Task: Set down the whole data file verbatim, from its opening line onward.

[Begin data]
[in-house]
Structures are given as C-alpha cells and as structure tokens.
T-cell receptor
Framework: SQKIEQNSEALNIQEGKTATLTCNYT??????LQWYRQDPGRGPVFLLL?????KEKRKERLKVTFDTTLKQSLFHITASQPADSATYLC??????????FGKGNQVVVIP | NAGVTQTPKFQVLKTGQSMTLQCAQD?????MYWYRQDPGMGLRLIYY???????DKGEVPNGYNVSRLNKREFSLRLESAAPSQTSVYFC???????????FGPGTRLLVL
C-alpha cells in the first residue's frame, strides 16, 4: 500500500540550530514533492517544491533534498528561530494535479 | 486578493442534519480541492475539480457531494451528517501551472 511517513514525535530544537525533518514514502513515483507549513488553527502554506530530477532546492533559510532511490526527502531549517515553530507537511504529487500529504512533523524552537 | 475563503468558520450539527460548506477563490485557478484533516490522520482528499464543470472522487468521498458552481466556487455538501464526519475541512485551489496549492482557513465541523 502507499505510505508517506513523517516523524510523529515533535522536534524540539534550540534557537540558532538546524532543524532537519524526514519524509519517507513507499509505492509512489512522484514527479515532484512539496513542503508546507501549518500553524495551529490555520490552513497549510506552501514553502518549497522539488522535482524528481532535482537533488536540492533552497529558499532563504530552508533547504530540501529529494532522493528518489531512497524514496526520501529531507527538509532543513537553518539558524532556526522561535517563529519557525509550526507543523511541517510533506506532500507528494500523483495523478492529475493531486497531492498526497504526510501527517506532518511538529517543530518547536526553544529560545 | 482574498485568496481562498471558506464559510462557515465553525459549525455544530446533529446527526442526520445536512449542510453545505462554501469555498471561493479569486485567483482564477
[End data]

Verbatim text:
[in-house]
Structures are given as C-alpha cells and as structure tokens.
T-cell receptor
Framework: SQKIEQNSEALNIQEGKTATLTCNYT??????LQWYRQDPGRGPVFLLL?????KEKRKERLKVTFDTTLKQSLFHITASQPADSATYLC??????????FGKGNQVVVIP | NAGVTQTPKFQVLKTGQSMTLQCAQD?????MYWYRQDPGMGLRLIYY???????DKGEVPNGYNVSRLNKREFSLRLESAAPSQTSVYFC???????????FGPGTRLLVL
C-alpha cells in the first residue's frame, strides 16, 4: 500500500540550530514533492517544491533534498528561530494535479 | 486578493442534519480541492475539480457531494451528517501551472 511517513514525535530544537525533518514514502513515483507549513488553527502554506530530477532546492533559510532511490526527502531549517515553530507537511504529487500529504512533523524552537 | 475563503468558520450539527460548506477563490485557478484533516490522520482528499464543470472522487468521498458552481466556487455538501464526519475541512485551489496549492482557513465541523 502507499505510505508517506513523517516523524510523529515533535522536534524540539534550540534557537540558532538546524532543524532537519524526514519524509519517507513507499509505492509512489512522484514527479515532484512539496513542503508546507501549518500553524495551529490555520490552513497549510506552501514553502518549497522539488522535482524528481532535482537533488536540492533552497529558499532563504530552508533547504530540501529529494532522493528518489531512497524514496526520501529531507527538509532543513537553518539558524532556526522561535517563529519557525509550526507543523511541517510533506506532500507528494500523483495523478492529475493531486497531492498526497504526510501527517506532518511538529517543530518547536526553544529560545 | 482574498485568496481562498471558506464559510462557515465553525459549525455544530446533529446527526442526520445536512449542510453545505462554501469555498471561493479569486485567483482564477